For Home LoansMany people believe that to secure a home loan (mortgage) you need to have an excellent credit rating, a low debt-to-income ratio with steady, significant income, and be in a position to make a substantial down payment. None of these is necessarily true. It's certainly easier to get a mortgage with a good income and a clean financial history, and you'll probably get a better deal if you have those on your side. Still, if your credit is less than perfect, or even if you have had a prior foreclosure, bankruptcy or short sale, there are programs out there that can help you secure the financing you need to purchase real estate.
What Is a Low Credit Score?Credit scoring is the method lenders use to assess the risk of default. Your score (a number between 300 and 900) is derived from your current accounts and credit history. While there are no hard lines between “good” and “bad” scores, a score above 650 is what creditors like to see. If your score is below 620, applying for new lines of credit becomes more difficult.
Many factors affect your score. Late payments, non-payments, your current amount of debt, types of credit accounts, a short borrowing history, and inquiries on your credit report, and any bad behavior such as writing bad checks will all count against you. Making payments on time, keeping your debt-to-income ratio in control, and other evidence of sound financial management will boost your score.
Many people do not know that they have issues on their credit reports. You should review your report regularly to identify any potential issues. All of the three nationwide reporting companies (Equifax, Experian, and TransUnion) are required by law to supply you with a copy of your report every 12 months if asked. If you find any discrepancies on your report, you should dispute them right away. The Federal Trade Commission (FTC) publishes a useful guide to help you with that process.
If your poor credit score is due to legitimate black marks caused by past financial dealings, you need a solid debt management strategy and sound financial planning to get yourself back on the right track for financial freedom. Part of that process is using credit responsibly, and borrowing money that you can and will pay back on time.
What Options are Available?It is important to realize that while you may qualify for a particular mortgage, a bad score is likely to mean that you will pay a higher interest rate and more fees than a person with a better score would. The lender sees you as a greater risk of defaulting (failing to pay the money back) and charges you more money to make up for that risk.
Here are several possibilities for you to consider:
Subprime MortgagesDespite receiving a bad rap for their part in the 2007-2008 financial crisis, subprime mortgages remain a viable option for people with bad credit. Subprime mortgages have interest rates that are higher than prime mortgages because lenders apply risk-based pricing when determining the terms and rates. The rate you pay depends on your credit score and circumstances.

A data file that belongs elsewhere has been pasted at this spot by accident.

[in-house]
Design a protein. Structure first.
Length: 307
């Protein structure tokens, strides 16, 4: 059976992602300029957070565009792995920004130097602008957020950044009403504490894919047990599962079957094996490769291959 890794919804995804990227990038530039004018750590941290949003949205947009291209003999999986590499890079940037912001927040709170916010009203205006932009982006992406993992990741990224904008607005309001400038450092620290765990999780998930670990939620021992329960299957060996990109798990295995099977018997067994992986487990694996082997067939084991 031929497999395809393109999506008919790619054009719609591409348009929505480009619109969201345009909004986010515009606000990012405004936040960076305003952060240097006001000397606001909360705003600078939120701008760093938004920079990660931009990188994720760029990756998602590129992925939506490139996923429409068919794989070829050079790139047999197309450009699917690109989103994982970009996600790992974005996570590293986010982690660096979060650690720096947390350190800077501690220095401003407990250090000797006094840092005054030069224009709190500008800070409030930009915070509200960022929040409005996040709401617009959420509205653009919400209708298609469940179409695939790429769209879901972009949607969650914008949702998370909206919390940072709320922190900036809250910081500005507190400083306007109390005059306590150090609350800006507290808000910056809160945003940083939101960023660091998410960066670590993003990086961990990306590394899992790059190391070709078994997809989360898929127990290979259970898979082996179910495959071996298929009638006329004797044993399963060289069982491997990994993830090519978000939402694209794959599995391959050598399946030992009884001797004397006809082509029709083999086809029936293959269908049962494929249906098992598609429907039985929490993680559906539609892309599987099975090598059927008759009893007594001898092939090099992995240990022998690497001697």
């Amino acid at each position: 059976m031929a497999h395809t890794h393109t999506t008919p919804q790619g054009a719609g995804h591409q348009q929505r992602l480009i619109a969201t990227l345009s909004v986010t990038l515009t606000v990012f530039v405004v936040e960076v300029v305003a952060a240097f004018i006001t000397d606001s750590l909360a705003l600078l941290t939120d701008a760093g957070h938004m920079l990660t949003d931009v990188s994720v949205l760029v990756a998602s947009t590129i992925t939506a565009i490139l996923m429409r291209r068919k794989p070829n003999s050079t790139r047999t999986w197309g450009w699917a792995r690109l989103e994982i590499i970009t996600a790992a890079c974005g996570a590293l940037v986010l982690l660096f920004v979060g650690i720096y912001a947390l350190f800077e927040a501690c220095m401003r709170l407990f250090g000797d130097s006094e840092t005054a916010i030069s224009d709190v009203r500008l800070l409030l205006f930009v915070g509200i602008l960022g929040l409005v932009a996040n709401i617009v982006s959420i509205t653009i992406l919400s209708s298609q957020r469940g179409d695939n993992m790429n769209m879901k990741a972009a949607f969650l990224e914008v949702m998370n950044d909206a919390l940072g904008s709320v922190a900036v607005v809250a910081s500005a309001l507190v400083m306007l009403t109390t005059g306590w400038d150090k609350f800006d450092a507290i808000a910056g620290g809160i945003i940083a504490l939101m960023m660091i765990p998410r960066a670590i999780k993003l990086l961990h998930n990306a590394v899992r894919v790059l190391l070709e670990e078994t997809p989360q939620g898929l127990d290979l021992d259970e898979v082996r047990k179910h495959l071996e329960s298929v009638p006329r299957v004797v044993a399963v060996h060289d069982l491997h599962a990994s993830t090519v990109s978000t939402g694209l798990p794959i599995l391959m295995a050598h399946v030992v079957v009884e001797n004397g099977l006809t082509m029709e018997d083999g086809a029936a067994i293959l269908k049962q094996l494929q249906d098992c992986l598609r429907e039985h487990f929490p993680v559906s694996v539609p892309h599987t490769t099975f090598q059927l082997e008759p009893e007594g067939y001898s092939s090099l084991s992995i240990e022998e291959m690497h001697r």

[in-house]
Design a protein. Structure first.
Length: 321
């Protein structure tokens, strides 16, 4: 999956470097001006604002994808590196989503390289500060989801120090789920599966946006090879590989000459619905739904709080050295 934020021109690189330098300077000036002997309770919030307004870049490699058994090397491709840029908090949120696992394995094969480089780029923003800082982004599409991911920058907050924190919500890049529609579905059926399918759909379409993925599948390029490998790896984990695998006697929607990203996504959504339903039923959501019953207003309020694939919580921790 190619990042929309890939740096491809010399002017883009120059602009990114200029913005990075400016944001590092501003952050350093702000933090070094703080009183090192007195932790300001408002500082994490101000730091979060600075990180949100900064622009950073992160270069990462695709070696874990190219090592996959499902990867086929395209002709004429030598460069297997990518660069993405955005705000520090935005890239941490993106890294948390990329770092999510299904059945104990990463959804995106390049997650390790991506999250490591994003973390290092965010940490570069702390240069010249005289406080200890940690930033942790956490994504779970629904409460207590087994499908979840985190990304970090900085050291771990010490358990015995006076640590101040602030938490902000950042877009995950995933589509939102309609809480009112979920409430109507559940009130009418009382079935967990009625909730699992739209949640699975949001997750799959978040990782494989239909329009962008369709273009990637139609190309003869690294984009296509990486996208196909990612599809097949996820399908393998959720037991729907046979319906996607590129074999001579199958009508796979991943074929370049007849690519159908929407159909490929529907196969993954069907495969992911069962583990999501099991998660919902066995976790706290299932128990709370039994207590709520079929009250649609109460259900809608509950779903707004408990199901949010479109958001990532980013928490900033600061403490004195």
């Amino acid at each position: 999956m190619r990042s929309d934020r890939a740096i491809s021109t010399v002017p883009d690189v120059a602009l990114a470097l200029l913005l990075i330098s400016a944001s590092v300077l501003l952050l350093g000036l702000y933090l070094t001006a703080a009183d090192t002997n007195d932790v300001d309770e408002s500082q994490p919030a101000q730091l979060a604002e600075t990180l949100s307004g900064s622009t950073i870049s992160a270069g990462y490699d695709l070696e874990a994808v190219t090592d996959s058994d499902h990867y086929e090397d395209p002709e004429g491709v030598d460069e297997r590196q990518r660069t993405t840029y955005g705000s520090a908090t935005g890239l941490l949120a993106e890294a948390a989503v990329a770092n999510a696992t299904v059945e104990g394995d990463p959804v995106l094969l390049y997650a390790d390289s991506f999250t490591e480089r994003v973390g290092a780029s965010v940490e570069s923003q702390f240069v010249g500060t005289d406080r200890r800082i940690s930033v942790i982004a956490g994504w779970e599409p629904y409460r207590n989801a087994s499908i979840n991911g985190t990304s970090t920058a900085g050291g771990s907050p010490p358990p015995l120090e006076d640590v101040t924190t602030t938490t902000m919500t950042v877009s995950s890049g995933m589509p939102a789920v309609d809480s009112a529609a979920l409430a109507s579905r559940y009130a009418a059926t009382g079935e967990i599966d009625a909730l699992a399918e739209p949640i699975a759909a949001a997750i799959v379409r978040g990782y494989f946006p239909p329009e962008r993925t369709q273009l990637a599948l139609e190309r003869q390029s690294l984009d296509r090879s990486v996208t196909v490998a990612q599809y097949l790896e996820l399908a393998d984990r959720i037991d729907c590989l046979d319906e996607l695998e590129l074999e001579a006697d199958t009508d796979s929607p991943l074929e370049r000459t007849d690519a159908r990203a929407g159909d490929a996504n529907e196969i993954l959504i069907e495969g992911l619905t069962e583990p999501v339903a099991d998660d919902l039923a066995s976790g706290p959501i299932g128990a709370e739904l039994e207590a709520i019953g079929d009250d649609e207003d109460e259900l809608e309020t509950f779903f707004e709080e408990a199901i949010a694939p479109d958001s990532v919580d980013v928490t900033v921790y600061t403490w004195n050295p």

Conventional (prime) mortgages can have fixed or adjustable rates, but subprime mortgages are nearly always adjustable. You'll have to consider this reality carefully when you are applying, as a seemingly low initial interest rate could become a much higher one further down the line.
The key with any subprime mortgage is to ensure you can afford to make your payments. As with any serious financial commitment, it pays to shop around before you put pen to paper on a particular deal.
FHA Home LoansFHA loans are designed to help first-time homebuyers and people with poor credit scores get a foot on the property ladder. These mortgages are backed by the Federal Housing Administration and are an excellent option for people looking to secure financing that requires a relatively small down payment with relatively easy qualification standards.
The size of your down payment will still depend on your credit score, but most borrowers can secure an FHA loan with a down payment of just 3.5 percent of the purchase price of the home. Borrowers can make their down payments with their savings or use gifts from family members or a grant from a state, or downpayment assistance programs from the government.
An FHA loan can cover closing costs, because sellers, builders, and lenders all have extra scope to cover some of the expenses. For example, a lender may agree to pay your closing costs in exchange for a higher interest rate. A builder might agree to do so as an incentive for you to purchase one of the new homes they've built.
The FHA is not a lender itself, so borrowers still need to obtain their mortgage through an FHA-approved lender. The important thing to note here is that even though different lenders offer the same FHA loan, their rates and terms will almost certainly differ. You'll still have to shop around to get the best deal.
1. "Disputing Errors on Credit Reports" . Consumer.FTC.gov